Marketing strategy to marketing plan
Creating your marketing strategy is a challenge. Your first challenge. Your second, is writing your marketing plan. Together, they’ll guide you, your team, and your business towards determining your goals, finding your voice, targeting demographics, and analyzing competitors. Working with USPs, KPIs, SEO, and launching successful marketing campaigns. Marketing strategy to marketing plan. Here’s how it’s done…
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Special-edition eBook - How to plan, execute, measure, and analyze your digital marketing campaigns.
My guide will walk you through developing your marketing strategy. Then, I’ll explain the five steps to creating your marketing plan, plus what you should include. You’ll find practical and actionable steps, working templates, and real-life examples.
Table of contents
- What is a marketing strategy?
- Marketing strategy vs marketing plan
- Why do I need a marketing strategy?
- Developing your marketing strategy
- Presenting your marketing strategy
- Marketing strategy to marketing plan in 5 steps
- Your marketing plan
What is a marketing strategy?
Let me point out that if you get to the end of this guide, draw up a cracking marketing strategy, then put it in a drawer and forget about it… you’ll be doing yourself no favors.
You have to refer to it regularly. Every time you plan a campaign. Every time you launch a new product. Every time you work with an influencer. Every time you plan an event.
It’s your long term game plan that’ll show you...
- How you’re going to reach and engage consumers
- How you plan to convert consumers into customers
- How to write your marketing plan
A comprehensive marketing strategy will include...
- Your value proposition
- Your competitive advantage in the market
- The demographics of your target audience
- Key marketing messages
- Your tone of voice
- And more
Your marketing strategy is a constant from where you create your marketing plans. Now and in the future.
Your target audience will be made up of what you consider your ideal customer. If you haven't done this exercise, you'll need to download my free buyer persona template. Based on real data, it'll define your audience's behavior, pain points, goals, etc. Teaching you how to speak their language and deliver the goods.
Marketing strategy => marketing plan => execution => win!
Look up strategy in a thesaurus and one of the synonyms up for offer is - plan.
But, that’s not quite right when we’re talking about marketing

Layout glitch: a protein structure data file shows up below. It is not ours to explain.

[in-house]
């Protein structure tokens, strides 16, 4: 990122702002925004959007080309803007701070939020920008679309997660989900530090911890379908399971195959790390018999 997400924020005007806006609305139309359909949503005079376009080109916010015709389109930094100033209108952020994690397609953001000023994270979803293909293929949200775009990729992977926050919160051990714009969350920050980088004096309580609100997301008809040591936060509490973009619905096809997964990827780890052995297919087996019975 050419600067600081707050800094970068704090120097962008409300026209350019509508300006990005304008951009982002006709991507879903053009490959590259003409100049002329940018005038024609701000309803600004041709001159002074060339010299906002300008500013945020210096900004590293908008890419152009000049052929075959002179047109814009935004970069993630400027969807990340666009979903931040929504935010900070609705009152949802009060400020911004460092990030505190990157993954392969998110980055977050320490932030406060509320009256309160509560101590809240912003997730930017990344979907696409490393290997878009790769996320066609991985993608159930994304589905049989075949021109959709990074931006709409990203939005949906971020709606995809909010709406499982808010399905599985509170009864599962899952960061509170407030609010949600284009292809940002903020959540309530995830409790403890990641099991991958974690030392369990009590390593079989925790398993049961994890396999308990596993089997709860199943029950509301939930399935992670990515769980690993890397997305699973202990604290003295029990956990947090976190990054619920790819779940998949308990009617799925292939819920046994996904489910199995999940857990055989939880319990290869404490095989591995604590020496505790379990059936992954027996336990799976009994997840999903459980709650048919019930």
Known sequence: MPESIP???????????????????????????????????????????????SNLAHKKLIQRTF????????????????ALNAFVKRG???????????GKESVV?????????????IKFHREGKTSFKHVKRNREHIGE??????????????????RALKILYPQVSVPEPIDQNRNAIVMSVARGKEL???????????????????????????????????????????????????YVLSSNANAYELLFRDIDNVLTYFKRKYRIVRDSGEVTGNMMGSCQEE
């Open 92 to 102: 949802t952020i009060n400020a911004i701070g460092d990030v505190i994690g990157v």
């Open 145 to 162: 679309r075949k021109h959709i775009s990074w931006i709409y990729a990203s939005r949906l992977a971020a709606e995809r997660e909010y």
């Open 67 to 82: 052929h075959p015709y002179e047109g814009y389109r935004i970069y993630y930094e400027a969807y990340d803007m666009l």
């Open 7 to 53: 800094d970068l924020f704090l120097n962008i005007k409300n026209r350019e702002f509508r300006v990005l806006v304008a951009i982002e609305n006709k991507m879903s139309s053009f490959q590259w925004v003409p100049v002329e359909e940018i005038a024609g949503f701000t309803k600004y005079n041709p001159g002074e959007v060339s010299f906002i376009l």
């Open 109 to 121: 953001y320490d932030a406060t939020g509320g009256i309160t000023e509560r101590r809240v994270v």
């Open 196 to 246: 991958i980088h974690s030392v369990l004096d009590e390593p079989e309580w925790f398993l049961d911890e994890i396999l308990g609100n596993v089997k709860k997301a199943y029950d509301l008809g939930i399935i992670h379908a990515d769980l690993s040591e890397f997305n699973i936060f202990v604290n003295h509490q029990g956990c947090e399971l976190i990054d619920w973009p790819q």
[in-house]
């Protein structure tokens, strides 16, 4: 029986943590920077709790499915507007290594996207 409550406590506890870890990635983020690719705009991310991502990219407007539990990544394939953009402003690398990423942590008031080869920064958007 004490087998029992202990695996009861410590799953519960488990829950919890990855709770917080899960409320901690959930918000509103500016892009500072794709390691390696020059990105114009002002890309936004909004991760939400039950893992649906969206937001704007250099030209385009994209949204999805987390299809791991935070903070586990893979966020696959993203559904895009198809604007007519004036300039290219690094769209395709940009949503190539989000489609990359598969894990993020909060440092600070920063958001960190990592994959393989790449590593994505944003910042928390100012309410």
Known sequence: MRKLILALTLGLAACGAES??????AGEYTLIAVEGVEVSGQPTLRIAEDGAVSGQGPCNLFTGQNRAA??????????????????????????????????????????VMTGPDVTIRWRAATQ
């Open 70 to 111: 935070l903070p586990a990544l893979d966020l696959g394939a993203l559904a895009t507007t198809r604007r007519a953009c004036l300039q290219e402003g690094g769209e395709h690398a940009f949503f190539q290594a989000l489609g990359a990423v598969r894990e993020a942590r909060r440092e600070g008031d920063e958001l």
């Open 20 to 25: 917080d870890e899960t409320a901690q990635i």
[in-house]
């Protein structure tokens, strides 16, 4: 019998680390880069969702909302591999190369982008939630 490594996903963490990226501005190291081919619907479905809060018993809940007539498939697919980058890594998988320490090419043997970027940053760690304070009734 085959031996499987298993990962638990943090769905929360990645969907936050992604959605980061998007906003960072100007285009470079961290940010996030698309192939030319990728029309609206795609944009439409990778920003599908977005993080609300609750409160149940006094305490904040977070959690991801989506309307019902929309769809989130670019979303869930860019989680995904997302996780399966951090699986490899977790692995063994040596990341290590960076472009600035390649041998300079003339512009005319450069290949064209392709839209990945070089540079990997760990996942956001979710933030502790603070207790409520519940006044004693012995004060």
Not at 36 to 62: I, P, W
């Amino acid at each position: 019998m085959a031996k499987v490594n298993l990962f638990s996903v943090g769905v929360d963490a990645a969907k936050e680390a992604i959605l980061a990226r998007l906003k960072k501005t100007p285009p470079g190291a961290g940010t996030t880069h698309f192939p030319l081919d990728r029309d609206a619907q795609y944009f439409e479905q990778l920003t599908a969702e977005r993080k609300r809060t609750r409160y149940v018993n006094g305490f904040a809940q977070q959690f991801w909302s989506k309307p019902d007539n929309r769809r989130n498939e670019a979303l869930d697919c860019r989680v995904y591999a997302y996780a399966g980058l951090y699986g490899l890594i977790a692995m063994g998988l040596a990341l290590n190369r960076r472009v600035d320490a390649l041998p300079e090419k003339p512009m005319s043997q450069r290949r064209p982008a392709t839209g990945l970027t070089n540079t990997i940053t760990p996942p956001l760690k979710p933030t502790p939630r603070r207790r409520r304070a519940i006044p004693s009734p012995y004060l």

Marketing strategy vs marketing plan
Marketing strategy | What | Thinking
The big picture, shaped by your business strategy, your marketing strategy is your purpose. Your USPs, brand messaging. It’s what you’re offering and how you’ll deliver it with your marketing efforts. Having a clearly defined marketing strategy is essential if you want your business to grow. Once your strategy is determined, you’ll be equipped to develop an effective marketing plan.
Marketing plan | How | Doing
How you’re going to deliver your key messages. What you’re going to do. On which platforms. The timeline. How you’ll measure and analyze success. Your marketing plan is how you intend to reach your marketing goals. A roadmap that will direct you through each step. From where you build your marketing campaigns.
- Objective = to expand your business outside of Europe to an international market
- Strategy = engage and target a global audience
- Plan = create a personalized marketing campaign that reaches out and engages with specific segments - language, consumer behavior, buying habits
Why do I need a marketing strategy?
It’s a roadmap for you, your team, and your business to follow. It’ll help you...
- Measure and analyze results against your goals
- Target consumers relevant to your products
- Prove the impact your marketing campaigns have on your brand reputation
Your long-term marketing strategy will build a sustainable competitive advantage. It’s all your marketing goals in one place. You’ll have done extensive market research. You’ll be focusing on the best product mix so you can achieve maximum profit and grow your business. Your marketing strategy is the foundation of all your future marketing plans.
Your marketing strategy...
- Explains your objectives and how you’re going to execute them
- Formalizes ideas and concepts
- Identifies your target audience - purchasing power, behavior, demographics
- Defines how you’re going to market your products and services
- Helps you get financial backing
- Keeps your marketing focused